It's interesting to see what information we can get from this kind of code reading.  I can get the main conceptual entities because I can visually spot classes and attributes.  I can get the broader relationships too, probably because of a good rational choice of class names, sometimes due to the naming of attributes, occasionally by seeing how some object instances are built and attached to each other.  I rarely get the algorithms at a first glance, although I seem to remember that I used to be able to, before doing OOP.. but I am not sure if that really was the case, in the same way as I can do it now with objects.  One thing is for sure: much of the metaprogramming cleverness is lost.

However, if the metaprogramming could be kept simple and regular and visually striking, then it could be absorbed much more easily.  Think about ActiveRecord.  Maybe it doesn't matter so much how we say something, as long as we can make it visually recognisable and compelling, so that it promotes easy visual parsing.

I was almost giving all sorts of non-visual code reading now, and I was forgetting test code.  Test code is a conspicuous exception to what I have just said about visual parsing.  If a project has tests I prefer to read the tests rather than the project code.  Tests are better at capturing the intent of the code and the way to interact with it.  They also clearly capture the dynamics of instances, providing not only a compositional/structural view of code, but also the modes of interaction with the code.  However tests must be read and cannot be simply absobed using gestalt-reading.  Maybe that's because they tend to specify behaviour rather than structure...

Monday, April 03, 2006

Minimal Descriptions and Metaprogramming

My fellow socialite Pilu has opened a blog, Gurage, where he provides an introductive examples to Rails.  He uses a simple inheritance example describing a Guitarist and a Singer as being two subclasses of Artist.

While reading his code, that describes a Struct-like class (more an holder of attributes than an holder of behaviours) I thought back to a discussion that we had at the Ruby Social Club meeting about metaprogramming tricks.  My point was that through metaprogramming you can redefine the language in such a way that you can also provide stereotypical descriptions for classes and methods, so that you don't have to explicitly describe initializer, accessors, and so on.

For example, this code written by Pilu
class Artist
attr_reader :name
def initialize(name)
@name = name
could easily become something like:
Artist = :name

This second form is no doubt more compact, but is it better?

Forget the fact that the full class definition already provides the 'space' to add in new methods and attributes. Assume that the code is done and you are simply reading it.  What is better? and why?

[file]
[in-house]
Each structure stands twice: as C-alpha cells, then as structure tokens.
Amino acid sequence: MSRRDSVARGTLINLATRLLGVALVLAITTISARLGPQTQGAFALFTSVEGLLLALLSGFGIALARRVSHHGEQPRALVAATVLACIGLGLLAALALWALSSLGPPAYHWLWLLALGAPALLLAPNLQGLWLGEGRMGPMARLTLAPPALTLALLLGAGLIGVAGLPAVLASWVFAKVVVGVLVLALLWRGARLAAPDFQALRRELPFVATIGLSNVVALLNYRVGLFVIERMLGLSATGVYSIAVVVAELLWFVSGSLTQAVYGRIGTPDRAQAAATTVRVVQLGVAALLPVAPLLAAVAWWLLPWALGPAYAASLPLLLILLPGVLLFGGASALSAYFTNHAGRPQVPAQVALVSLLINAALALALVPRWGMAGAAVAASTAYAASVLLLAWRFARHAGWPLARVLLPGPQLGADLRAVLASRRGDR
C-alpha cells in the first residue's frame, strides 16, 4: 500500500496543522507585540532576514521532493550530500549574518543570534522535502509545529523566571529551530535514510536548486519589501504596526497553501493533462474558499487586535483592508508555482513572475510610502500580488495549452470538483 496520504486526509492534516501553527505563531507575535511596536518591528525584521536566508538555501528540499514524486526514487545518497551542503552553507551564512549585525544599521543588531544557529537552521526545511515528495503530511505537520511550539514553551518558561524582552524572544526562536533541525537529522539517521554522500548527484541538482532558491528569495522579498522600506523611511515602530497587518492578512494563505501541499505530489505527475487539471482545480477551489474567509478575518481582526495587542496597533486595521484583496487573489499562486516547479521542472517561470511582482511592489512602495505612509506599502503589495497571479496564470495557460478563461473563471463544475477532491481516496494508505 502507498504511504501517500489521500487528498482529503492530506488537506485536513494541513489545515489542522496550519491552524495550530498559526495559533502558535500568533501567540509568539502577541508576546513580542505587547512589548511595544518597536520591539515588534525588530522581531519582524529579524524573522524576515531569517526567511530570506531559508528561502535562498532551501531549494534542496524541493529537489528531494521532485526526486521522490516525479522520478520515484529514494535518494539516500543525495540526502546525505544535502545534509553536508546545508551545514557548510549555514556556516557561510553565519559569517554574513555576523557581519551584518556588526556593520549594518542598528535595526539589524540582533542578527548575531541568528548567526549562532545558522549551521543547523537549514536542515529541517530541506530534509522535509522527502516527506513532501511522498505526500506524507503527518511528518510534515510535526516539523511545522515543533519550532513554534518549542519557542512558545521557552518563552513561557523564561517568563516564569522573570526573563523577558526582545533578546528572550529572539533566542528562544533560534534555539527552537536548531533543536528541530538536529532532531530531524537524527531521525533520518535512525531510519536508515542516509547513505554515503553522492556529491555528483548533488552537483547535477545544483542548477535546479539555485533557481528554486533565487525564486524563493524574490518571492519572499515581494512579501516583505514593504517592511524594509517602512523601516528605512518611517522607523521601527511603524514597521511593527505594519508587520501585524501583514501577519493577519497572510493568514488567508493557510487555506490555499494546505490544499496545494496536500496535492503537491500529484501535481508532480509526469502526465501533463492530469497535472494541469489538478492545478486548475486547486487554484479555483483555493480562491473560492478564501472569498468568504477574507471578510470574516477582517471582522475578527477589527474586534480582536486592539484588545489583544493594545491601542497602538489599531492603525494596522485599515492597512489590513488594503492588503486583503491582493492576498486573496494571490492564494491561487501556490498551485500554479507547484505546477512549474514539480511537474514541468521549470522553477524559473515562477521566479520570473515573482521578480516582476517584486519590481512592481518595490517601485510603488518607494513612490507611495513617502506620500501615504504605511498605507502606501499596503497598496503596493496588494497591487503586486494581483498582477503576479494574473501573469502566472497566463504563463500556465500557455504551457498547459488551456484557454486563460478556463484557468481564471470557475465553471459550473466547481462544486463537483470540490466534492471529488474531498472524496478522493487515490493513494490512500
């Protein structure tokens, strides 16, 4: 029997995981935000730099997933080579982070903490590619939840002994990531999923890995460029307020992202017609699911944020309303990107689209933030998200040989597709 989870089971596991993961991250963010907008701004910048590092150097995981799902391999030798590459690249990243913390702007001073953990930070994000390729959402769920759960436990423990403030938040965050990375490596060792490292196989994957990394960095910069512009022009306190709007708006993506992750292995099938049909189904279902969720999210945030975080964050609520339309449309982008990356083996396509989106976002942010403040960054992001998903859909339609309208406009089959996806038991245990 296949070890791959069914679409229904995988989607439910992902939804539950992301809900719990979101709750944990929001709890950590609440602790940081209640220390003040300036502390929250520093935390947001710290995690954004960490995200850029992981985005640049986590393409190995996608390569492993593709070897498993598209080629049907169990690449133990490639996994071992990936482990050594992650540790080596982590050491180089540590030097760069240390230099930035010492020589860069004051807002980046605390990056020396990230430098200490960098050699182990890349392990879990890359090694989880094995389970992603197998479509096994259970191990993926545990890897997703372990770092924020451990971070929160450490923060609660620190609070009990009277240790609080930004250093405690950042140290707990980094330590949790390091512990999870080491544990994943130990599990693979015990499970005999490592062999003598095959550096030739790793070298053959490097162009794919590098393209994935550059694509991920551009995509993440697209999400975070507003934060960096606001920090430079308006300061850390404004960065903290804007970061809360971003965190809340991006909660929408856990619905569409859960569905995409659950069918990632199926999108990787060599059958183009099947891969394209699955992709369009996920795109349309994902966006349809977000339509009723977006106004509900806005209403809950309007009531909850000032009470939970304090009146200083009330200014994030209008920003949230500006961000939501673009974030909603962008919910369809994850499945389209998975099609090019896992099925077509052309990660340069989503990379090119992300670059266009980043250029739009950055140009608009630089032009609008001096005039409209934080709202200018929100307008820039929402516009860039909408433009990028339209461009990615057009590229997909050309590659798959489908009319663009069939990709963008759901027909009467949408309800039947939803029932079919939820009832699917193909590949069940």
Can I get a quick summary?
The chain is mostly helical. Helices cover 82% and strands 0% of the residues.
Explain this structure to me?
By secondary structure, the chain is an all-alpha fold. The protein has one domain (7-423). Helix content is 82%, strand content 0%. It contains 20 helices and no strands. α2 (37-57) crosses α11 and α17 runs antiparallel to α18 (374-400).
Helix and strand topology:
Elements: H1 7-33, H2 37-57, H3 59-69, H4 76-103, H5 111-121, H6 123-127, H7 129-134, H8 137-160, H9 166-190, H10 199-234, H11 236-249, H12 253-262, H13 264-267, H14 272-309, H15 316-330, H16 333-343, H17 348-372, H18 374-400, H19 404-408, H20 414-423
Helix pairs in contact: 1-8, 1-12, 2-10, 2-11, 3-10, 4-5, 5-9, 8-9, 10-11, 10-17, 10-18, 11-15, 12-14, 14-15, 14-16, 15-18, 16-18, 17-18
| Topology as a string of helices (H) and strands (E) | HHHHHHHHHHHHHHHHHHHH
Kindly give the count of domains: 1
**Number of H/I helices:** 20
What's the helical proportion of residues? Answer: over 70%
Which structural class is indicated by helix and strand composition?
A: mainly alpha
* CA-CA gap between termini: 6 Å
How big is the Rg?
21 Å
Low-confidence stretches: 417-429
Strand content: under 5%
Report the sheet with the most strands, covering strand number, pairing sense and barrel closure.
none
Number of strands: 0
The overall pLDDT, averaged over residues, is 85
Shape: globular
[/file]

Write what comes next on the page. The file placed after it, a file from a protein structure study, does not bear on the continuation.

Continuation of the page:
Something tells me that I would like the more terse and compact form, but somehow I still find that the first form has got something that the compact form lacks. I just can't put my finger on it.

Following on from Pilu's example I would like to have a compact formalism that allows me to say something like:

Artist defined by name

Guitarist is an Artist also defined by guitar
Singer is an Artist also defined by microphone

Using metaprogramming is not too hard to generate this kind of Minimal Descriptions, although they would probably look like this:

Artist = defined_by :name

Guitarist = Artist.also_defined_by :guitar
Singer = Artist.also_defined_by :microphone
I will leave the metaprogramming as an exercise for the reader :-D

The 'defined_by' is just wrapping a call to '', probably also adding a few extras such as a comparison operator and a prettier to_s method.  The 'also_defined_by' is a method that has been injected into the Class class.  It creates a new anonymous subclass, adding a few extra accessors and also overriding the initializer by adding some extra parameters.

We have seen how this is technically feasible, I just wonder if this is what we want. 

The standard way of doing things shows us explicitly that we are dealing with a class.  The 'class' and the 'end' words and the indentation highlight clearly a  chunk of code and identifies it as being a class, an important  concept within the narrative of our system.

The Minimal Description approach tries to hide away the whole concept of class.  It simply cares about concepts and meaning and it abstracts away a big body of knowledge.  The body of knowledge that is abstracted away  is that we are defining classes and that these classes are related by inheritance.  It is also assuming that we know that if something is defined by a certain characteristic, then this characteristic will have to be used when creating an instance of that concept.

What do you think?  Is this a rightful use of metaprogramming and of Shaping code After Language, or is it a blatant abuse of metaprogramming power?